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Football great Curtis Martin returns home to give kids a safe place to play and grow in Homewood

Homewood
Christopher Keough
October01/ 2018

Photo: Pro Football Hall of Fame Curtis Martin and Dan Towriss, CEO of Group1001 at Willie Stargell Field in Homewood.

When Mubarik Ismaeli approached him three-and-a-half years ago for help securing a new scoreboard for Willie Stargell Field in Homewood, Derrick Tillman thought he was thinking too small.

“We began to talk about the project and I thought that just wasn’t enough,” said Tillman, president and CEO of Bridging the Gap Development. “I knew Homewood needed the best of the best.”

So the two Westinghouse High alumni (Tillman ’99, Ismaeli ’99) dreamed up an ambitious plan to build a new multisport field and community gathering space.

Ismaeli is president of Homewood Community Sports, which uses the city-owned field for youth sports programs. His pursuit of the project was inspired by one of HCS’s youth football teams. The youngsters had won only one of its first seven games in a 10-game season. The kids were in last place, but battled to sneak into the playoffs and, ultimately, won the championship.

“Even when something seems out of reach, don’t ever stop reaching for it,” Ismaeli said. “ Be insistent, consistent, and don’t ever give up.”

His persistence was rewarded recently when city leaders and Pittsburgh native, Pro Football Hall of Fame running back Curtis Martin announced a $14-million public-private partnership to rehabilitate the field. The money will come from various sources, including HCS, the city and state, the Cal Ripken, Sr., Foundation and Indianapolis-based insurance company Group1001.

Martin, who grew up in Homewood and attended Taylor Allderdice High School, will have his name added to Stargell’s sports field.

Homewood
Pittsburgh Mayor Bill Peduto, Curtis Martin and Dan Towriss, CEO of Group1001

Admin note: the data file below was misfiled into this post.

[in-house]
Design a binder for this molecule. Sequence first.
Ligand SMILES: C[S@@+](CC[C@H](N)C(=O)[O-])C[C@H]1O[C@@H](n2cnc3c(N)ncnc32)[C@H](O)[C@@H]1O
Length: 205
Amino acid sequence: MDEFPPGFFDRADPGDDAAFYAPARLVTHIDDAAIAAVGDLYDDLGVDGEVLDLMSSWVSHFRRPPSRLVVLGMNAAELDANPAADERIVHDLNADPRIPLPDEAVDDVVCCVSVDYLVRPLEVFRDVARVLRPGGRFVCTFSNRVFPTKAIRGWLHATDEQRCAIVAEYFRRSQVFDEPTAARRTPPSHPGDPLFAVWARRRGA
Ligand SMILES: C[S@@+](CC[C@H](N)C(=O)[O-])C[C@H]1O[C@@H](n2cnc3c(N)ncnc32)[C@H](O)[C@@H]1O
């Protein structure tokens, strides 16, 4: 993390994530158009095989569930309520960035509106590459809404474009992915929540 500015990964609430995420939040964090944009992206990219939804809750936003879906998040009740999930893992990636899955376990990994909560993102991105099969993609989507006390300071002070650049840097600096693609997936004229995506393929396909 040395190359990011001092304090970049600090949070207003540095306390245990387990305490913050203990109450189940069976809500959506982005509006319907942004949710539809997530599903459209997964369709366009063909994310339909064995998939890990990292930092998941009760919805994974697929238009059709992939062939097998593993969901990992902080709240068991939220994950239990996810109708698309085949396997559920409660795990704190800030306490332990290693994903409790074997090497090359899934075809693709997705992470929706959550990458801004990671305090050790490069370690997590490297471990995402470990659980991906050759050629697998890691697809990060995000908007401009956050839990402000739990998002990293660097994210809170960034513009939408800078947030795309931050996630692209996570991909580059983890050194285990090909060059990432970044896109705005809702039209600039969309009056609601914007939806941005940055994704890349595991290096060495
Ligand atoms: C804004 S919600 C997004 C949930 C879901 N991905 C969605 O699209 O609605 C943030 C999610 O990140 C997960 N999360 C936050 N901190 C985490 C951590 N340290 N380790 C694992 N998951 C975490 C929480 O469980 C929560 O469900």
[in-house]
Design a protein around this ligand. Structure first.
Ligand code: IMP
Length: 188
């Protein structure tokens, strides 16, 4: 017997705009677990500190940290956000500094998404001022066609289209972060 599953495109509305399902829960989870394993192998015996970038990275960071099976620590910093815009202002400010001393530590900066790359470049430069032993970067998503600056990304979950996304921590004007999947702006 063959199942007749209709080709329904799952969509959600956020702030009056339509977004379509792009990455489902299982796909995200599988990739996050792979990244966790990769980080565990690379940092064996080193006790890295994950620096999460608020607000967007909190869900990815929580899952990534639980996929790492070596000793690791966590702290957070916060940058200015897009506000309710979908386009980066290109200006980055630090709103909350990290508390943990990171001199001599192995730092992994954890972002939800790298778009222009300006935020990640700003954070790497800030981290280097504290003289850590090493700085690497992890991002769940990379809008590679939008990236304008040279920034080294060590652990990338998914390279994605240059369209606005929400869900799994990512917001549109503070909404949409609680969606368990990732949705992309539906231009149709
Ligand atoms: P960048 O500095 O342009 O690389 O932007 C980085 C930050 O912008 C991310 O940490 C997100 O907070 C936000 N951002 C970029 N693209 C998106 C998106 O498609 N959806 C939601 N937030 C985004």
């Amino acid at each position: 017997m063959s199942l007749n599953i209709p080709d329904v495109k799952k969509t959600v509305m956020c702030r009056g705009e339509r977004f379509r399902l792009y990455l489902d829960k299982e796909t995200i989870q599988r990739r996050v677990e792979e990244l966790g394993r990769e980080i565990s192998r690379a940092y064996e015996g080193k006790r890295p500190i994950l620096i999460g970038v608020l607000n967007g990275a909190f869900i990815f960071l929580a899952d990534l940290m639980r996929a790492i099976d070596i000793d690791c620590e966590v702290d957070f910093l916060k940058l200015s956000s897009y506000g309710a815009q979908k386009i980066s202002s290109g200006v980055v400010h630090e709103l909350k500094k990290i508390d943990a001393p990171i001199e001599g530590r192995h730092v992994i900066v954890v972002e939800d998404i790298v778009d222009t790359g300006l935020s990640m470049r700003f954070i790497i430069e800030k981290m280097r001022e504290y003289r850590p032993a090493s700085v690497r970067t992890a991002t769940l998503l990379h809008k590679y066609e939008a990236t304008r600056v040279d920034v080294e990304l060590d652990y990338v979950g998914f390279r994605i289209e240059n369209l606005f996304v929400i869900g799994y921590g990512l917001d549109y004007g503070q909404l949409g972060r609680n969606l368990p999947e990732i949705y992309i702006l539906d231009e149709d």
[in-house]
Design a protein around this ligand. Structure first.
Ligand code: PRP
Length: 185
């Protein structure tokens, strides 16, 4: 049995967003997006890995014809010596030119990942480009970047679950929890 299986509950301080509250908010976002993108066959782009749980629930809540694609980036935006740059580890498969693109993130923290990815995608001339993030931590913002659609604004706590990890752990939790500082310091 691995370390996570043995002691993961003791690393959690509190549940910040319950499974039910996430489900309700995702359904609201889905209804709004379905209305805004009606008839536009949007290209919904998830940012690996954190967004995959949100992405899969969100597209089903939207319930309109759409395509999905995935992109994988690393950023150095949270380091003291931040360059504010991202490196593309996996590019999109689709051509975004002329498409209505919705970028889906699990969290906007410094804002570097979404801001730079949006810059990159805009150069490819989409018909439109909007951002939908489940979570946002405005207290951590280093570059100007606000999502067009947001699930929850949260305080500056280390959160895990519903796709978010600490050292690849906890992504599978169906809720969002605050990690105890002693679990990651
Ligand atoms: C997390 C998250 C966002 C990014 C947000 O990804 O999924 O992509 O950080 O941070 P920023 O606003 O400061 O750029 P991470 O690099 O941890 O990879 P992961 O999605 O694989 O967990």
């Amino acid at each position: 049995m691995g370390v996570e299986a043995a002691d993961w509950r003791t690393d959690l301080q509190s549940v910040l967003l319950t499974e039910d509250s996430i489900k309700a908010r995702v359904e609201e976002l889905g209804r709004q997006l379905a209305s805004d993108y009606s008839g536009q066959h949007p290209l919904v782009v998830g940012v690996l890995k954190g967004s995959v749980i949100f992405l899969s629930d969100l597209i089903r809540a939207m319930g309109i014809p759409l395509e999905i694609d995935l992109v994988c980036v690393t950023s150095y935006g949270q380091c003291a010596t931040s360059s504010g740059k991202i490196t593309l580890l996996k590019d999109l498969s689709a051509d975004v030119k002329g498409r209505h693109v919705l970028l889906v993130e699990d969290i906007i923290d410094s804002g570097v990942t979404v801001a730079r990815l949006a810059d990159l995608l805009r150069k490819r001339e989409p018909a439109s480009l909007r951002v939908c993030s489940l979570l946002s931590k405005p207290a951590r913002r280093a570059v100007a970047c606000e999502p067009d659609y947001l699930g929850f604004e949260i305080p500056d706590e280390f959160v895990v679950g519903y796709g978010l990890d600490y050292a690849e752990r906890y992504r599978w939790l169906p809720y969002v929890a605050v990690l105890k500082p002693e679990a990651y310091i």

“We all, who come from this community, we know how important this is,” Martin said at the news conference in Pittsburgh Mayor Bill Peduto’s office. “We didn’t have this when we were growing up … and I don’t think we had the vision that Mubarik has for these kids.”

Ismaeli, who grew up playing sports at HCS and now coaches there, says the project is more than just a football field. The artificial turf field will also host soccer and baseball and softball. The plan calls for the demolition of the former Homewood Montessori school, creating a community park from the MLK Jr. East Busway to the Carnegie Library on Hamilton Avenue. Other features include an outdoor amphitheater, a space for community events that planners hope will get Homewood invited to the city’s Cinema in the Park program.

Drawing on their high school’s Wall of Fame honoring accomplished graduates, Tillman and Ismaeli devised “history steps” to memorialize Homewood residents who helped make the neighborhood a better place.

Beyond having a nicer field for kids to play on, the organizers are confident the revamped park will be a safe space for all involved.

“We use sports as the hook to deal with all the other parts of childhood development,” Ismaeli said. “Sometimes a coach has more influence than a teacher or a parent. It’s sad, but we have to leverage that.”

The city’s role in protecting kids is part of the reason to support the project.

“The schools have kids eight hours a day — I have the other 16,” Peduto said. “Working with neighborhood groups, we’ll jump at any such project that can give kids opportunities to stay off the streets, especially in communities like Homewood.”

Tillman pointed out that Ismaeli’s commitment to the neighborhood and HCS were critical to pulling the project together.

“He’s passionate about it because he lived it. His kids are involved now,” Tillman said. “He’s a coach and a mentor at heart.”

Although Martin is the celebrity face of the project, he made sure to give credit to those who have done the real work.

“If I did anything, maybe I just sparked it a little bit, but I’ve done nothing in comparison to what these guys have done,” Martin said.

Others instrumental in fulfilling Ismaeli’s dream include The Heinz Endowments, veterans group The Mission Continues, and community development organization Neighborhood Allies.

Christopher Keough

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